Take the 2-minute tour ×
Super User is a question and answer site for computer enthusiasts and power users. It's 100% free, no registration required.

For the longest time I was a MAMP user, until yesterday, something went terribly wrong and MAMP would no longer start mysql. Long story short I decided to ditch MAMP and just setup my own AMP server, so I found a good tutorial and set one up. All was working well until I went to create a virtual host. One step of the directions had me editing the /etc/apache2/httpd.conf file. I somehow managed to delete much of that file and saved it - UGGG! Since then I have been unable to resolve http://localhost.

I was able to locate the contents of the httpd.conf file on another mac and replaced the contents and saved, then restarted apache, and still I am unable to resolve http://localhost. I get the error: Oops! Google Chrome could not connect to localhost.

In Terminal I am able to ping localhost and I get the result 64 bytes from 127.0.0.1: icmp_seq=0 ttl=64 time=0.044 ms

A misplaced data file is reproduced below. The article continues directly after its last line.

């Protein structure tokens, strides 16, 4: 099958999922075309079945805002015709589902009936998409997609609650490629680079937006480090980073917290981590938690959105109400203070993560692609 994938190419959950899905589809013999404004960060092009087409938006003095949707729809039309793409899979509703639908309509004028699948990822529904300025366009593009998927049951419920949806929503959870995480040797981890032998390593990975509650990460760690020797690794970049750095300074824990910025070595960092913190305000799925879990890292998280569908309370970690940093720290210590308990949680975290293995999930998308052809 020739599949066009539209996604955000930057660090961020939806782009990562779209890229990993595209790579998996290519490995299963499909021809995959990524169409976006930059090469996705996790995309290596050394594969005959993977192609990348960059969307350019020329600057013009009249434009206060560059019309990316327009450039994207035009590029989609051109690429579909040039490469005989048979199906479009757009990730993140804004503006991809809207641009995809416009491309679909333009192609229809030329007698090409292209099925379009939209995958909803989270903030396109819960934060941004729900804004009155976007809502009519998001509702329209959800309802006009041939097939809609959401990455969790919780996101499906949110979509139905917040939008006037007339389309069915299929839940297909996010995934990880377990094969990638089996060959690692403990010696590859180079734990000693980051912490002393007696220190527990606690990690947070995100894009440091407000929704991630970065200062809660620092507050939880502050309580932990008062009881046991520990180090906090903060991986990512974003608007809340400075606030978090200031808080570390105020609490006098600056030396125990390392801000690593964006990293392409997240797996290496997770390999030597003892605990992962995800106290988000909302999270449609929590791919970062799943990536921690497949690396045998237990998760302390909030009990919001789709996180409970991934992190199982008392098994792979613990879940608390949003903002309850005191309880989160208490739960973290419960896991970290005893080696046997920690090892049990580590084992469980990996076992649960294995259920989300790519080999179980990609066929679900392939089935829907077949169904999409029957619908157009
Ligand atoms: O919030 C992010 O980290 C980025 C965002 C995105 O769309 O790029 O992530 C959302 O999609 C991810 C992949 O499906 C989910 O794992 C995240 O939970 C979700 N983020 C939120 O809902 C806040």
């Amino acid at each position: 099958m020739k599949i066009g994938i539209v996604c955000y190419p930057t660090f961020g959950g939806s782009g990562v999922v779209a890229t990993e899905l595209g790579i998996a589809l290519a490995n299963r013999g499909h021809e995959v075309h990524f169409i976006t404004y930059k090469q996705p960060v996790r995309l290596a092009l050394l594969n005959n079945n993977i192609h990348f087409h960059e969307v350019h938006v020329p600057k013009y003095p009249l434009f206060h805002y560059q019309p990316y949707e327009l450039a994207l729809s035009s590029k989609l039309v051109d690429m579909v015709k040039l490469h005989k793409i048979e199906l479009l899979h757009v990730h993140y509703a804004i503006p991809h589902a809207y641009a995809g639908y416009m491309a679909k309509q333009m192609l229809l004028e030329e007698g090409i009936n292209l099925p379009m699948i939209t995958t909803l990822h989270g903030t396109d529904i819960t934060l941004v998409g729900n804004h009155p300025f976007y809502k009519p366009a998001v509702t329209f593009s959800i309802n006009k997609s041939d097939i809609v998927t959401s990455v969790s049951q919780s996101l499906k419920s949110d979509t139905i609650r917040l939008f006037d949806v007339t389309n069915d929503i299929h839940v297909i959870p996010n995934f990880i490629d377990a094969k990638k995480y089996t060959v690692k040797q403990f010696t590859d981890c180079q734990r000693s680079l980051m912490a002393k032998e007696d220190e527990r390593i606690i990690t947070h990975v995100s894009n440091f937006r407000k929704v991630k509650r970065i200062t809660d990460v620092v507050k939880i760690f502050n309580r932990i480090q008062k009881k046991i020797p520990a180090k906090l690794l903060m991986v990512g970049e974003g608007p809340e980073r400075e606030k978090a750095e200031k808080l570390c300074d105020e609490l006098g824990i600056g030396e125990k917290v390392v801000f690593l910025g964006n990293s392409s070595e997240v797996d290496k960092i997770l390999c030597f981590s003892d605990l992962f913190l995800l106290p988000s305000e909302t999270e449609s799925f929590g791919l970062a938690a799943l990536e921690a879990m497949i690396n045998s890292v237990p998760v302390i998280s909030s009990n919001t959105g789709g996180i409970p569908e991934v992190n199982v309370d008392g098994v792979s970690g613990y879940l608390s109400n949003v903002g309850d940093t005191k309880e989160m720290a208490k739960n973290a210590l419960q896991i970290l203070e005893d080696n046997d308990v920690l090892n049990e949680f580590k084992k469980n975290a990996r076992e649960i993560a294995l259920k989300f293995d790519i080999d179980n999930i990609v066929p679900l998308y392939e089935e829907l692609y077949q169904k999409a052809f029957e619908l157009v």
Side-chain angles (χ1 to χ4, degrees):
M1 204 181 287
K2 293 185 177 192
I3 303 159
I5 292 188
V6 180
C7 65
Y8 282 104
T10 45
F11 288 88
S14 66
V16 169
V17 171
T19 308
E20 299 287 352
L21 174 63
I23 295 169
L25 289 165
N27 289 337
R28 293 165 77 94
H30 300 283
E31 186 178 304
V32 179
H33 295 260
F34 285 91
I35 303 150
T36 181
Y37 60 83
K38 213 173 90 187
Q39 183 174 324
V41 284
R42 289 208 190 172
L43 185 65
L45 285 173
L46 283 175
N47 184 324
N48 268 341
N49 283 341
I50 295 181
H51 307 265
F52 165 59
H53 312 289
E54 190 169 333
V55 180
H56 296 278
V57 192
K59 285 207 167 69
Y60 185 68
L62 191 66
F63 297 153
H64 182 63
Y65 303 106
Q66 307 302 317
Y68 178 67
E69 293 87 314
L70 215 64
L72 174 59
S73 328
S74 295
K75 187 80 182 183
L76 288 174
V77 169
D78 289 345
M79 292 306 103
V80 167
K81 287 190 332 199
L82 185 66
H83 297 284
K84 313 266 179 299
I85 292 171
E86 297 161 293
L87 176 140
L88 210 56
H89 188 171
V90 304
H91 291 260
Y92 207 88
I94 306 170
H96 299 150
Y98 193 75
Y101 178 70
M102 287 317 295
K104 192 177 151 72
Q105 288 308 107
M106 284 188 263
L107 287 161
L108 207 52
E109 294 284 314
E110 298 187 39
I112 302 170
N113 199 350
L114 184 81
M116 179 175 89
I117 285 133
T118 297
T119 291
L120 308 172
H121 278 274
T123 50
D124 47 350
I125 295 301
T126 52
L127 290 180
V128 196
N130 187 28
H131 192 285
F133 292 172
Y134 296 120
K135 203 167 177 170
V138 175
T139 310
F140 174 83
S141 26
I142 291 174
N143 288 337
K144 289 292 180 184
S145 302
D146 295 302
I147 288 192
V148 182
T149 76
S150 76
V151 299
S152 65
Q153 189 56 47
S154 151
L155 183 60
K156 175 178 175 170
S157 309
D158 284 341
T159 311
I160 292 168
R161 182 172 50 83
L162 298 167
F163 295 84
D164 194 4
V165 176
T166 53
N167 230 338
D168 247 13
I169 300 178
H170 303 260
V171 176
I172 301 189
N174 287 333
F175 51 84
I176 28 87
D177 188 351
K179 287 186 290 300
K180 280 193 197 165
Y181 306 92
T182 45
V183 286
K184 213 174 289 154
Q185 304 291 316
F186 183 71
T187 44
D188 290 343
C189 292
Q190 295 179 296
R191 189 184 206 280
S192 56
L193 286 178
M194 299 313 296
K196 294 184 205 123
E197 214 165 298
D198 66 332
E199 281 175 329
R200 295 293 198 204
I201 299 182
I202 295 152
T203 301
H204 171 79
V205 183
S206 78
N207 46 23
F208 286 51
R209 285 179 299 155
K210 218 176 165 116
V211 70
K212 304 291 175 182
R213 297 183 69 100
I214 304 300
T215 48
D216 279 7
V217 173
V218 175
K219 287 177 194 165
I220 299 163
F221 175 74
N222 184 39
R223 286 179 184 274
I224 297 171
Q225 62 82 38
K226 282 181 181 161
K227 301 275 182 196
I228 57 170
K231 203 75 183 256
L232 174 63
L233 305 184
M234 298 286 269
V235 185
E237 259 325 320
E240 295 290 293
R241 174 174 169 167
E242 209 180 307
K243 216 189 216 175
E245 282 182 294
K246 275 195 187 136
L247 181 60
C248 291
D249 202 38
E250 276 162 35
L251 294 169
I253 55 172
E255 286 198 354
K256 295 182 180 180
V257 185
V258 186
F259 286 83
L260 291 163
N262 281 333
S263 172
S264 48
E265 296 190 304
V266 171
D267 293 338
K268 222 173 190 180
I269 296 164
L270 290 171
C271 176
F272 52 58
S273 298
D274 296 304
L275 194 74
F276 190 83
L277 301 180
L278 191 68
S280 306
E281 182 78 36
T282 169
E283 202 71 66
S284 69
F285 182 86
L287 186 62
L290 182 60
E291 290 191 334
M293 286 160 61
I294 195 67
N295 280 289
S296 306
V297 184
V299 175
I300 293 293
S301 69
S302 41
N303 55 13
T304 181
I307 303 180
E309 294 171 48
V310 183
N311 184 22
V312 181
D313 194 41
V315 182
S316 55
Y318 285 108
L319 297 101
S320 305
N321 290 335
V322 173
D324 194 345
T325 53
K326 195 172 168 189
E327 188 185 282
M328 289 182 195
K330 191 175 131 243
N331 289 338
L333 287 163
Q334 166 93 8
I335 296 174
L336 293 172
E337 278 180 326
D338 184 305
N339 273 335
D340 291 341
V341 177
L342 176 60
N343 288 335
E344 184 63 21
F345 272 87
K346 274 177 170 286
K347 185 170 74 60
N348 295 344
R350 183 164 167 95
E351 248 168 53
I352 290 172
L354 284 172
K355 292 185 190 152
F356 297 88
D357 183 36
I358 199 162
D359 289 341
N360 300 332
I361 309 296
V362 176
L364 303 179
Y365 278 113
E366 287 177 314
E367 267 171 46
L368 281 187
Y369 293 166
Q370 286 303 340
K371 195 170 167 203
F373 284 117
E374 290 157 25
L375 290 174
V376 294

I am completely at a loss here, as far as I can tell I have reset everything back to the way it should be. Here is what I am checking:

/etc/hosts /etc/apache2/httpd.conf

I have restarted apache, and my computer a number of times to no avail.

And both files, as far as I can tell are set as they would be from a fresh install.

Can anyone offer some advice here? Is there a way that I can further trouble shoot this issue? A log that I can look at? I really need to get this local environment back up and running and would prefer to not need to reinstall my entire OS. Any direction is greatly appreciated!

share|improve this question
    
ping will always resolve localhost, it's unrelated. The problem seems to be solely with Apache, OS X has nothing to do with it. Just re-install the Apache bundle to the same destination (uninstall it beforehand, if possible, or at least stop the server). Since you say you did a fresh install of the server not so long ago, re-installing it in the same location shouldn't make much difference, except positive one. –  Desmond Hume Mar 2 '13 at 20:53
    
Does your hosts file contain the usual 127.0.0.1 localhost entry? –  Nicole Hamilton Mar 2 '13 at 20:59
add comment

Your Answer

 
discard

By posting your answer, you agree to the privacy policy and terms of service.

Browse other questions tagged or ask your own question.